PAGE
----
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What two words are most valuable for your business planning?

One of the most valuable tools in an executive’s arsenal is the use of the question chain in planning meetings or to analyze scenarios that might result from an action.  The powerful words are “What if…” followed by an ever-deeper question that follows the possible results of an action, or a decision based upon the last “What if” question.

The beauty of the method

The beauty of this method is that it causes the person proposing the solution to think much more deeply than during the development process, unveiling many possible consequences to be considered before implementation of an idea or project.  When I use this technique, invariably the person on the other side of the question will at some point state, “I didn’t think of that.”

A few great examples

In a recent CEO roundtable, the executives discussed their experiences with the question chain.  Several had revealing things to say about their experiences.  One stated that he asked “what if” the U.S. dollar was to sink in value during the life of the foreign transaction.  The subordinate had not thought of this carefully enough and had no protections built into the agreement or any strategies to hedge currencies.  The net cost of such a failure to pre-think this event would have been in the millions, stated the CEO, but were successfully hedged against just as the dollar declined.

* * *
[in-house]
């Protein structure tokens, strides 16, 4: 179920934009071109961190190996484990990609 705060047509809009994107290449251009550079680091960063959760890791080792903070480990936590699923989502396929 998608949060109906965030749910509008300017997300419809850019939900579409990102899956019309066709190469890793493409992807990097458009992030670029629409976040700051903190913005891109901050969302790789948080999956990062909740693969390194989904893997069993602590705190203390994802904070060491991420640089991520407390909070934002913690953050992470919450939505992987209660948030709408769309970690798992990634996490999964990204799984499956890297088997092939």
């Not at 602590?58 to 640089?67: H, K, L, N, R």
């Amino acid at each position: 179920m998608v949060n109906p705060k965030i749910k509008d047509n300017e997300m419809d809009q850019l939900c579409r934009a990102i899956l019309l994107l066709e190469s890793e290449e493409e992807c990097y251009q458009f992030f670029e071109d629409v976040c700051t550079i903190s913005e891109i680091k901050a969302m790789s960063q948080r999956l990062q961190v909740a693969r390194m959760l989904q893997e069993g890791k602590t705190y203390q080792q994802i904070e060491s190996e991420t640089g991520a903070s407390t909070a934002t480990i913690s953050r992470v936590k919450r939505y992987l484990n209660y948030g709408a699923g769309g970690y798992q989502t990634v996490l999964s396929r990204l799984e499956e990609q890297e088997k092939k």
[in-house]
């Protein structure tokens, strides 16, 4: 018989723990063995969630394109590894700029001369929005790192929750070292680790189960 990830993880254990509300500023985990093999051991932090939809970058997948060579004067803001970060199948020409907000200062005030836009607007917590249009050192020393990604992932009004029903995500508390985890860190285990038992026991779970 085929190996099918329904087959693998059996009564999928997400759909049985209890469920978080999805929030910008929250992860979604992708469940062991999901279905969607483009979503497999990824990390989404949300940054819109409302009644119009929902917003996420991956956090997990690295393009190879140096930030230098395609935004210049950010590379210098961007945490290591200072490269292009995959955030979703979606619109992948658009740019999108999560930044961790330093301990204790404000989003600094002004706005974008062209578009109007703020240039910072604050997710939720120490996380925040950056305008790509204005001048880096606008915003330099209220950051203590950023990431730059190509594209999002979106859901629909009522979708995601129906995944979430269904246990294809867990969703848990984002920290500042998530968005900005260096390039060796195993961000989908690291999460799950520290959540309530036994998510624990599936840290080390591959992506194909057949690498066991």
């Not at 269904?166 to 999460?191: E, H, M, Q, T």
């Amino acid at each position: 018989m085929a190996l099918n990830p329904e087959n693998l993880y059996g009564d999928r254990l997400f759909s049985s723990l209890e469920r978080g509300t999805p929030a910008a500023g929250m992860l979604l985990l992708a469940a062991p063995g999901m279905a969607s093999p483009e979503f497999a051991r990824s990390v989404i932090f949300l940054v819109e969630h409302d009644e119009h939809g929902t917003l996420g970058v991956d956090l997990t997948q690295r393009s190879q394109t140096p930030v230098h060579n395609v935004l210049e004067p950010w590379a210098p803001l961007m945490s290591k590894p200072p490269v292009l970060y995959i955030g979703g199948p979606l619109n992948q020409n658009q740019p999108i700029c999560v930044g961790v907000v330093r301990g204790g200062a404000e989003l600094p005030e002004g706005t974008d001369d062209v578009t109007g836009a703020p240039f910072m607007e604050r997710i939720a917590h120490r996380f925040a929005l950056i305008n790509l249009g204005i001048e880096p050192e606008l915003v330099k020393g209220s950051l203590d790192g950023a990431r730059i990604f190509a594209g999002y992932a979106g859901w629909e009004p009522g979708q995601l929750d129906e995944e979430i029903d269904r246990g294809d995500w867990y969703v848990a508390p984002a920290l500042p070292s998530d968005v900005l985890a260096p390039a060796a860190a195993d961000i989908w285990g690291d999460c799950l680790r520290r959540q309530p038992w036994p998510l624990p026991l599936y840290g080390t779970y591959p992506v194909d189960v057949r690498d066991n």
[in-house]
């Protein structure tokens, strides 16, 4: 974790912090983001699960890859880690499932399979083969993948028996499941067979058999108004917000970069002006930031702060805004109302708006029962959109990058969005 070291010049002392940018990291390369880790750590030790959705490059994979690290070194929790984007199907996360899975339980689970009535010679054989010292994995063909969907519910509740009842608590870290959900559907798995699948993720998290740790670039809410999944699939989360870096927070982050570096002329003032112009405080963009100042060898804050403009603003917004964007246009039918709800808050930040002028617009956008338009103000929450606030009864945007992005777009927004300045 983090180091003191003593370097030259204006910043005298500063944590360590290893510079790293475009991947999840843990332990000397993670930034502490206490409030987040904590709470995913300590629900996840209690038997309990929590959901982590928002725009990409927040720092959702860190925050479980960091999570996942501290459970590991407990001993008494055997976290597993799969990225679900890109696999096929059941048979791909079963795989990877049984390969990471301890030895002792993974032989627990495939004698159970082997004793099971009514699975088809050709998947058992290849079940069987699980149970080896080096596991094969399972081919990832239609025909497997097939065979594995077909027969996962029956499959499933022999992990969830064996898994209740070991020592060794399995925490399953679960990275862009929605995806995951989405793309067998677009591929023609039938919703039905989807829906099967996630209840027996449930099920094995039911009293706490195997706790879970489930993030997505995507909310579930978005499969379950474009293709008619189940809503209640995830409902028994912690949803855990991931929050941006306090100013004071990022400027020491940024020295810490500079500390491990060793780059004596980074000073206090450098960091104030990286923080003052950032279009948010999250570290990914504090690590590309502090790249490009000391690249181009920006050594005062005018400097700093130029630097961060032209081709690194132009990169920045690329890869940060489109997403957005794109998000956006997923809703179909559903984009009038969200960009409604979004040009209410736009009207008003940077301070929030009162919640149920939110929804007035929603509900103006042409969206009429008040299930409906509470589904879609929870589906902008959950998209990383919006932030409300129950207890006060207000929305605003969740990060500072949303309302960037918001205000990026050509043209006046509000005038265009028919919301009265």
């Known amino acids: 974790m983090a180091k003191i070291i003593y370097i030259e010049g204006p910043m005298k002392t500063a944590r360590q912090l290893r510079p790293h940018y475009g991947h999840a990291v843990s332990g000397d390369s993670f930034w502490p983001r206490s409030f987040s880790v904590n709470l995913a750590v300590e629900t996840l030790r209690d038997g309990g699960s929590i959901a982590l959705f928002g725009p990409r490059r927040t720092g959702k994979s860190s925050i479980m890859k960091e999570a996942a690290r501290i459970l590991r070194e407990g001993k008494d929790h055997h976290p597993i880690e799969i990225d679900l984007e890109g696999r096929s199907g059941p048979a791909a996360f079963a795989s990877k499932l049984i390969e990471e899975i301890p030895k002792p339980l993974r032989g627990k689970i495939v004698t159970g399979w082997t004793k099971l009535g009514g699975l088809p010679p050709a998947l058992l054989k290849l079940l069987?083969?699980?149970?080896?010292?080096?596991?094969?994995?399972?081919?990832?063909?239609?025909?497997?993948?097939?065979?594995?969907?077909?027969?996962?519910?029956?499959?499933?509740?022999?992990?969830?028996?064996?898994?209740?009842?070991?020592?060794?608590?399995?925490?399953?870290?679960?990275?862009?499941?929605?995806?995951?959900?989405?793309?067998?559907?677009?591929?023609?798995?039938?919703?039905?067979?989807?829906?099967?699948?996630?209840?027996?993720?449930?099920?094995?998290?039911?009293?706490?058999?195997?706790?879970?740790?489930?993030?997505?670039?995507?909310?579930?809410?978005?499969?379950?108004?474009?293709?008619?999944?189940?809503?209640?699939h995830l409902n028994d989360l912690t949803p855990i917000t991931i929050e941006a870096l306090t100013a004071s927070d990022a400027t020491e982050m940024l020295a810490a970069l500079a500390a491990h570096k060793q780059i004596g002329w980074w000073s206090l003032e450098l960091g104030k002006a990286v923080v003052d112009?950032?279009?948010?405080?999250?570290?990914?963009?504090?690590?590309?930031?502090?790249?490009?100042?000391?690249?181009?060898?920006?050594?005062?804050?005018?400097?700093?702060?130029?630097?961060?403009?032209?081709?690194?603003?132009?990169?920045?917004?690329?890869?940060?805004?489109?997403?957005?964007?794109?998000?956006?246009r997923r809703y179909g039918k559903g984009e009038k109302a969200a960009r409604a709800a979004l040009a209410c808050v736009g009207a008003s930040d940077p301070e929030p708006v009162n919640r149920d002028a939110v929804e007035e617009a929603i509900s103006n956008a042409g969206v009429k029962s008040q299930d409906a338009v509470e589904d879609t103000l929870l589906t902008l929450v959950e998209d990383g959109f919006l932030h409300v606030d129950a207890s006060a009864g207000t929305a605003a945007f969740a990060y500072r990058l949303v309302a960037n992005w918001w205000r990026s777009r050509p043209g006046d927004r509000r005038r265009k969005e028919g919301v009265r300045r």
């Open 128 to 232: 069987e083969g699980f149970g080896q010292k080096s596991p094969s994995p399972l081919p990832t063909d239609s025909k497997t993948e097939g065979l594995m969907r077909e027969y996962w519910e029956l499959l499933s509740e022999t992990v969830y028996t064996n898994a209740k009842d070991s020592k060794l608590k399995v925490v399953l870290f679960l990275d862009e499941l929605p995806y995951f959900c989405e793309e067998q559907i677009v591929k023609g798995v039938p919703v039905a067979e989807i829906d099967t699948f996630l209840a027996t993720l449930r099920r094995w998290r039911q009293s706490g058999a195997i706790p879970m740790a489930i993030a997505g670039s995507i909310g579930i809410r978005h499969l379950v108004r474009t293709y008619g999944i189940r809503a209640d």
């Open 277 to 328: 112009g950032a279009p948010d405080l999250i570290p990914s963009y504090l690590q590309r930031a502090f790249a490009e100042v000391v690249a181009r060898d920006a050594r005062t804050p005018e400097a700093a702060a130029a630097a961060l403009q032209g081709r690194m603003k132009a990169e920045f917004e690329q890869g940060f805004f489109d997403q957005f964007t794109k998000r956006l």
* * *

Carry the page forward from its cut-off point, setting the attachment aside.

[Email readers, continue here…] Another CEO in the group offered his experience with the question chain relative to the availability of isotopes for his company’s medical instrument customers in the event of political turmoil in the countries where the nuclear material was exported.  As a result, his was the only company among the competition to continue to service his medical industry customers when just such an event occurred.

Use these often in your work

“What if” are two very powerful words when used together.  Use them more frequently as you manage your enterprise, not matter at what level you manage.

  • Arthur Lipper

    Agreed and have written about “What if” lists being a necessary part of the investor’s due diligence process.

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